As an individual, who is closely associated with IT Service Industry, the one aspect which has always troubled me was the way people shared their personal information on internet, especially on social, search, business and entertainment platforms. That most of these avenues stored and retrieved data of Indian citizens in faraway geo-locations, typically in their home countries made this repertoire of data a potential candidate for future threats and exploitation.
The recent Facebook–Cambridge Analytica fiasco where the social media giant along with its ally had harvested data of millions of Indians, and that too without their knowledge, to help certain elements during elections is a case in point. This scandal shook various government agencies including security bureaus out of complacency.
Such was the magnitude of the scandal that many heads came under the chopping block and Facebook and its allies had to apologise for its actions. It was not just about one entity. Online giants like Google, Twitter and Amazon were some of the other major companies which held unprecedented control over such information. It was a recipe for disaster.
Even before the scandal erupted several government outfits such as Reserve Bank of India had demanded complete localisation of payment systems data within the Indian geographical location and its use restricted to running of business and nothing else. Post revelation and weeks after the scandal came to light, the Indian government quickly came into action and drafted “Data Protection Bill” under the aegis of Supreme Court judge Shri B.N Srikrishna which incidentally was not approved and postponed during the inter-ministerial meeting.
The said bill essentially laid down the framework for restricting such entities from exploiting personal information. The government wanted to make sure that Facebook–Cambridge Analytica like fiasco didn’t happen again. At the time of writing this blog post the bill is yet to be tabled. However, Modi government has already given its approval which is aptly termed “The Personal Data Protection Bill, 2018”.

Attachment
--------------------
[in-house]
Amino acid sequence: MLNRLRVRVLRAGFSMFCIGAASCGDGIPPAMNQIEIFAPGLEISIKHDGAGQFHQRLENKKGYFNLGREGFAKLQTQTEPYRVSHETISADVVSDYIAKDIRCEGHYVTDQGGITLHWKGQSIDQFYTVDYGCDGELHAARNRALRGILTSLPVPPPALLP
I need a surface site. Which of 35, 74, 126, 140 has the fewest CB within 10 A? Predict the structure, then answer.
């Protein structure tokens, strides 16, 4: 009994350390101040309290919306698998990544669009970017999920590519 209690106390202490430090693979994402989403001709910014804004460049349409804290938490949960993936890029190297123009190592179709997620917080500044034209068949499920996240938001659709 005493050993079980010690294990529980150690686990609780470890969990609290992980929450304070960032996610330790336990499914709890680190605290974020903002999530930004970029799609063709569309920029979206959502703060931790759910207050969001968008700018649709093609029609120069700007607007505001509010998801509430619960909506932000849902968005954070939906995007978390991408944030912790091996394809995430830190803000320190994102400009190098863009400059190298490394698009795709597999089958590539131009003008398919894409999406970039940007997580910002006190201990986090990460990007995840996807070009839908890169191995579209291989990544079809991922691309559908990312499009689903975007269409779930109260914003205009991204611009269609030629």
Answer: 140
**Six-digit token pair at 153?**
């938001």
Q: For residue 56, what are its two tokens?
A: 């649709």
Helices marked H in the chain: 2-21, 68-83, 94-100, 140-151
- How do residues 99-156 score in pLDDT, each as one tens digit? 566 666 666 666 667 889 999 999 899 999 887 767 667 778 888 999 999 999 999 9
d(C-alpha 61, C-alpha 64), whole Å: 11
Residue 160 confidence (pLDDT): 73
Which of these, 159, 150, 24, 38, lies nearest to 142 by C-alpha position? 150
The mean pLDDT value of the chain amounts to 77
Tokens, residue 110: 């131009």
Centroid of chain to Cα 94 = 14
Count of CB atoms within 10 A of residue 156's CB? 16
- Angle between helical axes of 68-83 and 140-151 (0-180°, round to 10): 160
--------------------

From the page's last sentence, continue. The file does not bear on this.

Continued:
So, what does this bill plan to achieve. Broadly, the bill aims to achieve two goals – data localisation of Indian citizens and restrict its usage by the companies who gather such information. However, the government has gone a step further and branched off such data into two categories, namely;
- Critical & Sensitive – The bill defines this kind of personal data belonging to a class which covers the following – passwords, banking data, health data, biometric details and orientation of different types.
- General – Data which does not belong to the above category falls under General category.
Interestingly, the said bill proposes to allow MNC’s or internet companies to process sensitive information outside India. However there is a catch. It needs explicit permission from the concerned individual. On the other hand critical data must be stored and processed in India. The latter pool of information will be subject to regular monitoring and assessment, and depending on the outcome new additions or redundant clauses may be tweaked accordingly.
Personally, I feel this bill will go a long way in building trust between companies and government and also between consumers and data collectors. On the flip side, excessive regulation or rigid conformity may result in frequent delays and create bottlenecks which in turn may turn many companies wary. I also believe, that for the greater cause, this bill needs to be approved quickly. It’s just a matter of few days!
Unlike EU’s 2017 General Data Protection Regulation (GDPR), this bill goes a step further and therefore not only offers a framework to manage individual data information but also protects the country from 5th generation warfare and retaliation techniques.
Author [ Pankaj Jaiswal ] is Managing Director of Dotcom Services India Pvt Ltd (https://www.worldindia.com) & Netlynx Technologies Pvt Ltd (https://www.netlynx.com). He also hold Management Roles in Netlynx Inc , USA (https://www.netlynxinc.com) & Netlynx Tech, Canada (https://www.netlynx.ca).